|Point-Counterpoint - Javier Vazquez Trade Analysis||| Print |||Send|
Written by At Home Plate Staff (Contact & Archive) on December 10, 2008
Big Deal Moving Non-Big Game Pitcher
The Braves might have won this deal.Â That is, of course, if the Javier Vazquez who shows up in Atlanta is not the same Javier Vazquez who showed up in New York, Chicago or Arizona since leaving the oblivion of Montreal.Â
And thatâ€™s why the White Sox dealt him away. Well that and the tens of millions due to a pitcher who has a reputation for pitching himself out of organization rather than into big games.Â That came to a head at the end of last season when Sox manager Ozzie Gullien challenged Vazquez to show up for just a single big game in September and October.Â Â Vazquez responded to the pressure by getting shelled his last four starts - including one in playoffs.
In none of those games did he last more than 4.1 innings.
Thatâ€™s what the White Sox were dealing away: a pitcher who canâ€™t handle pressure, who the manager and organization felt they couldnâ€™t trust in a crucial situation.Â Even worse, an overpaid pitcher who they couldnâ€™t trust in a big situation.
Thus, the already pitching-rich White Sox could afford to make themselves better by subtraction - but they did a lot more than that.Â They dealt him to a pitching thin organization who in the mind of White Sox General manager Ken Williams way overpaid for a middle-tier pitcher.
To get Vazquez, the Braves parted with top catching prospect Tyler Flowers, infielders Jonathan Gilmore and Brent Lillibridge and lefty Santos Rodriguez.Â Â Flowers who has terrific power (.288 with 17 home runs at single A Myrtle Beach last season) was the player who Williams seemed the most enthusiastic about, saying he could be top catcher for years to come.
But thatâ€™s promise for the future as are third baseman Jonathan GilmoreÂ (who hit .337 at A Danville) and pitcher Santo Rodriguez (who was pitching at a rookie league level last year).Â Â
The only player in the deal with a chance to make the big team this year is 25-year-old shortstop Brent Lillibridge, who struggled at the big league level but possesses a good amount of speed and a hint of power - and probably will be the favorite to win the shortstop position during spring training.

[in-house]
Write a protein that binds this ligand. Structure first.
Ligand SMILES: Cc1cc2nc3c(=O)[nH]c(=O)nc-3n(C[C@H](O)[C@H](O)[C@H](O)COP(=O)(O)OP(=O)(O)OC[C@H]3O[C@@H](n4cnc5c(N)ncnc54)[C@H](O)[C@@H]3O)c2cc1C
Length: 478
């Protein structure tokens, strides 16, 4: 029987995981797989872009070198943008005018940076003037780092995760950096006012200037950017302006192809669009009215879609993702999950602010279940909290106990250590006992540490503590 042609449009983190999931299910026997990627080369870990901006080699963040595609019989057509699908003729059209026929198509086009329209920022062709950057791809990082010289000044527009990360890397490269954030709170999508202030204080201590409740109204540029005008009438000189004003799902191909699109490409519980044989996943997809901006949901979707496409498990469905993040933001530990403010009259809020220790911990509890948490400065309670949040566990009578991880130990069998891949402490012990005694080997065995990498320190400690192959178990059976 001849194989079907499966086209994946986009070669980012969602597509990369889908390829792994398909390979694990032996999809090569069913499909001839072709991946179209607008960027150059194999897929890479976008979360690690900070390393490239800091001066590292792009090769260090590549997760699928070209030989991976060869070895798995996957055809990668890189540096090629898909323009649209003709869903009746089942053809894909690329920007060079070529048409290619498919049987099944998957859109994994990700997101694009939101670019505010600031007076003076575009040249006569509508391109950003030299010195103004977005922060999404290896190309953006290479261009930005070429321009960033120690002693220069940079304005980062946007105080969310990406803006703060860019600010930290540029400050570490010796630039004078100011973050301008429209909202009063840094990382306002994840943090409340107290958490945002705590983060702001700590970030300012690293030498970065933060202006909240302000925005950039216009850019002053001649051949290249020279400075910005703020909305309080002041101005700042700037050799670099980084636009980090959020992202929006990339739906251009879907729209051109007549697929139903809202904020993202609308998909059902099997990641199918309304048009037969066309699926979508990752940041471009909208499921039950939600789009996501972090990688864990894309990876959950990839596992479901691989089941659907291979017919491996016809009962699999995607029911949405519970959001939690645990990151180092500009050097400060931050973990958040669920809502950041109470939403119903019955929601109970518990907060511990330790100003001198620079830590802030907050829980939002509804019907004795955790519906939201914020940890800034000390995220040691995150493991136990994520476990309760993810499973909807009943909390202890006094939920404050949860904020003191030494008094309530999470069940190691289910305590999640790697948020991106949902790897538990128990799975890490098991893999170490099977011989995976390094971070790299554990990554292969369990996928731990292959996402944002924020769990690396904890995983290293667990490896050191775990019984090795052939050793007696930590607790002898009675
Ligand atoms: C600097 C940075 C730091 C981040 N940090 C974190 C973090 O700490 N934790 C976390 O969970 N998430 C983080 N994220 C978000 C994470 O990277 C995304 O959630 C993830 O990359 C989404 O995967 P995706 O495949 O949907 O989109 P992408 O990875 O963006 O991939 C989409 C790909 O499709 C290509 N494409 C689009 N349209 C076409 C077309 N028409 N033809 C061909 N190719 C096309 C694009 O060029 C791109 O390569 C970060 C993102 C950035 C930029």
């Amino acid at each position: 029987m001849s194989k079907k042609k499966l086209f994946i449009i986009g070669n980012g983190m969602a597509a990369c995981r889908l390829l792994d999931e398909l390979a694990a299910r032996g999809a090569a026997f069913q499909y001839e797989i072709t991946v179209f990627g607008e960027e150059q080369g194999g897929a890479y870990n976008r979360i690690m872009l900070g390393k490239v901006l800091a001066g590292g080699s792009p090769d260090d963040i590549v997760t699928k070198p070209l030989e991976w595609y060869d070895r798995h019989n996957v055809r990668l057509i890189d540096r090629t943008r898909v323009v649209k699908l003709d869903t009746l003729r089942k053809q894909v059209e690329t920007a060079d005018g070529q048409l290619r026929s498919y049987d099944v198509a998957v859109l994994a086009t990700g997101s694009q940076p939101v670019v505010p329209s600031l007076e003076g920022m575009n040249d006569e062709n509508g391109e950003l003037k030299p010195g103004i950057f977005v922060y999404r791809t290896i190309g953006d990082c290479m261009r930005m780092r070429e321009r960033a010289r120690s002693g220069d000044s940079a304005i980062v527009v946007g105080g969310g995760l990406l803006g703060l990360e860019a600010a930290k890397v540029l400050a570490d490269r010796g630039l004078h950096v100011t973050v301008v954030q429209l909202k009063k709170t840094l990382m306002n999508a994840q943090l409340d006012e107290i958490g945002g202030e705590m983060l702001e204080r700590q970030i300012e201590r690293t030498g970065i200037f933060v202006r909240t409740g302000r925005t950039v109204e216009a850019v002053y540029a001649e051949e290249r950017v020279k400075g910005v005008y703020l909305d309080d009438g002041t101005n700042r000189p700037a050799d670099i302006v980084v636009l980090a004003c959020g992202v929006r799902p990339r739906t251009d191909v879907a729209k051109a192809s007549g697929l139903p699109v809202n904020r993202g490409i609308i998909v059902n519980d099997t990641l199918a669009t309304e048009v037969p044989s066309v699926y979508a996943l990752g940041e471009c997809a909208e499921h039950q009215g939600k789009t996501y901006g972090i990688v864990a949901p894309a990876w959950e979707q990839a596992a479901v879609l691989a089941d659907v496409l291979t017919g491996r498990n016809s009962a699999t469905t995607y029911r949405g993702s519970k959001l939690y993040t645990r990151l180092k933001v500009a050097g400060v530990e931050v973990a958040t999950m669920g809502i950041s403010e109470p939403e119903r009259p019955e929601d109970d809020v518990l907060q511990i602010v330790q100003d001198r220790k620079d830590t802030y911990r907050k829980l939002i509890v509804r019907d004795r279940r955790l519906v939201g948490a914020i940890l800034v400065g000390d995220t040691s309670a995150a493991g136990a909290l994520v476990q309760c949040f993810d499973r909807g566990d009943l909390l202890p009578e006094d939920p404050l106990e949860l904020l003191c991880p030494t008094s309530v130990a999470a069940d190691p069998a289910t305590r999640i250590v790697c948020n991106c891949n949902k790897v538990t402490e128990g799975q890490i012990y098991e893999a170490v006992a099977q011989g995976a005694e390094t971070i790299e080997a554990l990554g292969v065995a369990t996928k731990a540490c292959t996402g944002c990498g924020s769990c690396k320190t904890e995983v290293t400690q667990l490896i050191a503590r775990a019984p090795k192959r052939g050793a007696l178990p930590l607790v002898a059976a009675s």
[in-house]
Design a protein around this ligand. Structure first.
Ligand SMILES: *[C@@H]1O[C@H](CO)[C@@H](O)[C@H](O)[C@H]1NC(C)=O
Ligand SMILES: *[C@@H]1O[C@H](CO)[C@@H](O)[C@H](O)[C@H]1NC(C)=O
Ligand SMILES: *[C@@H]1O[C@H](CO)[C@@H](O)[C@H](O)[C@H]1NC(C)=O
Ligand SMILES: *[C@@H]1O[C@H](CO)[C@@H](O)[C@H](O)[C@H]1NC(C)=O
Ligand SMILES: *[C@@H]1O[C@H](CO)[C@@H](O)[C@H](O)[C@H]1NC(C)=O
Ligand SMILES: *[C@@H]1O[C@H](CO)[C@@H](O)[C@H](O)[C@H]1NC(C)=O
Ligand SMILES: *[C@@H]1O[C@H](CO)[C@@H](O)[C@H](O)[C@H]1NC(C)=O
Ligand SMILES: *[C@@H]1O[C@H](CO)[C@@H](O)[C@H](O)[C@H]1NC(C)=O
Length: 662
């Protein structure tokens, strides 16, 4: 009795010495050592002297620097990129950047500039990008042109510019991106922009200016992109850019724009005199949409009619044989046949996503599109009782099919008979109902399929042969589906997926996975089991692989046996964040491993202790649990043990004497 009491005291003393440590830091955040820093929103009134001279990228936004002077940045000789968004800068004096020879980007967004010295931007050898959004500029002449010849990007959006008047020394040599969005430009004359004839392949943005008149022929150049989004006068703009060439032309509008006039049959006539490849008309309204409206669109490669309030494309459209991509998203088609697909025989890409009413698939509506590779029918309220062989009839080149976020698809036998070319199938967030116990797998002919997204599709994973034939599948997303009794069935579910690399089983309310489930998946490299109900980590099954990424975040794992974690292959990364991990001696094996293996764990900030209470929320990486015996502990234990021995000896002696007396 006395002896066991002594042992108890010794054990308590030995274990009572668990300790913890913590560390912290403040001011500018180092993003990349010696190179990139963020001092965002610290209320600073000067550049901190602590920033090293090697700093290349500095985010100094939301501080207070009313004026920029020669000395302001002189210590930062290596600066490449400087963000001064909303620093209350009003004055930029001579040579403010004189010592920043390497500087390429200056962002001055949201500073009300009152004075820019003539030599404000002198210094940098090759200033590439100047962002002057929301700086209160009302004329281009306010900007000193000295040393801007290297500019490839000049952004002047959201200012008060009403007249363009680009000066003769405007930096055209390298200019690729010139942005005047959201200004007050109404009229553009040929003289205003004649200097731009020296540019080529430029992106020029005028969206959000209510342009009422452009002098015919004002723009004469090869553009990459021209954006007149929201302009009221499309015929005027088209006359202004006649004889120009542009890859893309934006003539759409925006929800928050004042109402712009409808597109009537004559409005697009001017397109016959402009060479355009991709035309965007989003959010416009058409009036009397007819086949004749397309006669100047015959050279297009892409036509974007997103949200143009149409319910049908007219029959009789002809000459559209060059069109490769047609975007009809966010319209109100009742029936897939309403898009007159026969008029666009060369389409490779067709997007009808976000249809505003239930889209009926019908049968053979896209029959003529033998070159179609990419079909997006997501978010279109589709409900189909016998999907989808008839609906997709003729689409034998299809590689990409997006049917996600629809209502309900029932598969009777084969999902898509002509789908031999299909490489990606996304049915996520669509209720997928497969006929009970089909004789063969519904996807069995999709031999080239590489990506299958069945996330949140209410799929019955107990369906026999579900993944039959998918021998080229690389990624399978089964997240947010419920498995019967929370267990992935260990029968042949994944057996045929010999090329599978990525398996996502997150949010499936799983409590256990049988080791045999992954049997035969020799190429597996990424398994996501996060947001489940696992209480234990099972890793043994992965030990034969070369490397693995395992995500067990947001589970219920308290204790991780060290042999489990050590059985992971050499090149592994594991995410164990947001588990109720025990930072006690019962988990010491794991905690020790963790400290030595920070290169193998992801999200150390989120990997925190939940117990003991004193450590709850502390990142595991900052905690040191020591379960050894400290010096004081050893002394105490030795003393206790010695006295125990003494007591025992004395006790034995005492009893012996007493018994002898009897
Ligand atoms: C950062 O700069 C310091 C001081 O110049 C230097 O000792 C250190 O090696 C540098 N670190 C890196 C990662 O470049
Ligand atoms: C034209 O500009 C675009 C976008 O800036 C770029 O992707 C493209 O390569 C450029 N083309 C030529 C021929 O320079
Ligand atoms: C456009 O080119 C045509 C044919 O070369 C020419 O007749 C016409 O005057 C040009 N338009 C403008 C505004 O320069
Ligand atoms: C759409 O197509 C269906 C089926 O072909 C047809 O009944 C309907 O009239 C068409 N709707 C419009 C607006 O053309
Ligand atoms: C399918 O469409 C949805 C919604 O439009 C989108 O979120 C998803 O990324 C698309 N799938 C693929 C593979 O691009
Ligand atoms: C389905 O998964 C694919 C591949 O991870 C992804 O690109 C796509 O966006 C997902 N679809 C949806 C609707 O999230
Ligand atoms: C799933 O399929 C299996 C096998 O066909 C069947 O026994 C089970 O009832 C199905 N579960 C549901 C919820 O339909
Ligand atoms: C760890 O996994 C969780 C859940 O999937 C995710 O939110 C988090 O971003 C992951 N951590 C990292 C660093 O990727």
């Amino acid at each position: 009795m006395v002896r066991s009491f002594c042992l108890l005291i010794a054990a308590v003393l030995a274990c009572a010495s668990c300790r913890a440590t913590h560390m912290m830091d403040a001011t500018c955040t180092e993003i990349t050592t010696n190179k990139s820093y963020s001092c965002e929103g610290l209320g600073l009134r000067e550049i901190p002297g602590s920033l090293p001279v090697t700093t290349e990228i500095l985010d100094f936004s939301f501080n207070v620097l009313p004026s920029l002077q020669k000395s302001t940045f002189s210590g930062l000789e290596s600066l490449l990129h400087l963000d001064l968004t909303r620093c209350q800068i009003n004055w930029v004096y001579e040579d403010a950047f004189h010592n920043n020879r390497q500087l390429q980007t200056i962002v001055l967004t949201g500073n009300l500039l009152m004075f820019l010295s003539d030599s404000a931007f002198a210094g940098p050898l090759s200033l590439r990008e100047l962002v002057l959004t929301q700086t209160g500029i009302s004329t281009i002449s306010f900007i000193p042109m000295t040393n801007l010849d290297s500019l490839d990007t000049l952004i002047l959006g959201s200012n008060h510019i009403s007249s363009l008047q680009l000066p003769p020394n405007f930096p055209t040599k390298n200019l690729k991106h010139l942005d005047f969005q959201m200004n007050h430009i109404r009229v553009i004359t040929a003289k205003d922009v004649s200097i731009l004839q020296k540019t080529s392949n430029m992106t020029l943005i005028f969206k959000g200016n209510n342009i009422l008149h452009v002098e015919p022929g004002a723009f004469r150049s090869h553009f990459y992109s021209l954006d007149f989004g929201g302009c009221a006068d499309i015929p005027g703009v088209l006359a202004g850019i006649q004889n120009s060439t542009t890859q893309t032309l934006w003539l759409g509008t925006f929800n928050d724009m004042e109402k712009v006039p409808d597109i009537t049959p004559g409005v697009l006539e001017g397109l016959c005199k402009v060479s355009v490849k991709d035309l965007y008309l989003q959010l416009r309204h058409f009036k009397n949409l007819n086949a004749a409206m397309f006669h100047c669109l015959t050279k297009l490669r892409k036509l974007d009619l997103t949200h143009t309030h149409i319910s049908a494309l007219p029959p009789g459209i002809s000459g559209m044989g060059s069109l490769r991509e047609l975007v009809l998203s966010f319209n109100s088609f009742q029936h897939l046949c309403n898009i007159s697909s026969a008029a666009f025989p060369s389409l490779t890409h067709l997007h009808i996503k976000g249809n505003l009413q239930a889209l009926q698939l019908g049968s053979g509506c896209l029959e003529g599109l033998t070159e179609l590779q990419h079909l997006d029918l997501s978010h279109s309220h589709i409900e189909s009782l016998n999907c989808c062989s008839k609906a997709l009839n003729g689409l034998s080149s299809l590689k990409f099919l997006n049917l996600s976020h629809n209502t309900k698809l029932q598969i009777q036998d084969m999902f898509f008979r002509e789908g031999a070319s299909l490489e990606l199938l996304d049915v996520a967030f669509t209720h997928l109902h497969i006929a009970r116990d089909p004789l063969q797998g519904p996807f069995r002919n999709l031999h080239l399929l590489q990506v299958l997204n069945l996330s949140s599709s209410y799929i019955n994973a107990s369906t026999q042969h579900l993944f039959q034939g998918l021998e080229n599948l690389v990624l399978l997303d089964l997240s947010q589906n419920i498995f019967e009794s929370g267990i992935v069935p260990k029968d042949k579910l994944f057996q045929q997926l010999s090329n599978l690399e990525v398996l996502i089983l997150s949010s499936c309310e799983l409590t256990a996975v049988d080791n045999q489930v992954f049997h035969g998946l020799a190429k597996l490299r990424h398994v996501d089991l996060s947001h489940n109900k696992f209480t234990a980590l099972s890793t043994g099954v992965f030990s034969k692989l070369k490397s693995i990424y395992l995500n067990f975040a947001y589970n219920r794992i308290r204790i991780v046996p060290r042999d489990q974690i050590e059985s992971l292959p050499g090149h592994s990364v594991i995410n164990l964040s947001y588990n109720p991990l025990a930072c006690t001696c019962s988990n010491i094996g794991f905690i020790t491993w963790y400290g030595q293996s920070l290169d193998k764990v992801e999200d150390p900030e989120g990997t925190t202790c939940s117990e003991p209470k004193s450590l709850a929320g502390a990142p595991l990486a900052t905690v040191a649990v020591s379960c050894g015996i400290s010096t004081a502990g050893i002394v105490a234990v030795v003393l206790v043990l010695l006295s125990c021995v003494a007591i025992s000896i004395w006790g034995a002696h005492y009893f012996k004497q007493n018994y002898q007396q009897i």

On the balance sheet this was a good deal for the Sox, and unless the Braves can fix whatever is going on with Vazquez in big situations, this deal was a big winner for the budget trimming ChiSox.
Atlanta Wins with New Starter
The Braves in 2008 were a mess, and it began with their starting rotation. They lose co-aces John Smoltz and Tim Hudson to shoulder and elbow injuries, respectively. Atlanta lost Tom Glavine to both shoulder and elbow injuries. Throw in the annual Mike Hampton injury, and it is difficult to think that Jair Jurrjens, a rookie, managed to stay healthy the entire year.
That is what makes this trade such a huge success for the Braves. They need a starting pitcher who can throw 200 innings with good enough numbers to be in the front of the rotation. Javier Vazquez provides exactly that. He has wonderful command, strikes plenty of hitters out and has taken the ball every fifth day throughout his career.
Of course, whenever a team makes a trade, they must send something back. Tyler Flowers, who put up ridiculous Arizona Fall League numbers this year, looks to be a good major league bat. There are concerns about his defensive value behind the plate, which may entail a move to first or designated hitter. If so, his bat obviously wonâ€™t be as valuable. If he did stick at catcher, the Braves would have to find some way to move All Star Brian McCann, who lost 20 pounds this offseason and is signed long term.
Other than Flowers, the rest of the prospects arenâ€™t that amazing. Brent Lillibridge was highly regarded a few seasons ago, but he looks to be nothing more than a multi-position reserve. Santos Rodriguez, a left-handed pitcher the White Sox received, throws in the mid-90s and has some projectability.
This move also gives the White Sox a little bit of payroll flexibility. With about $40 million coming off the books this offseason, Atlanta didnâ€™t need to worry about Vazquezâ€™s price tag, however. This was a solid haul for Chicago, but the Braves came out better in this deal.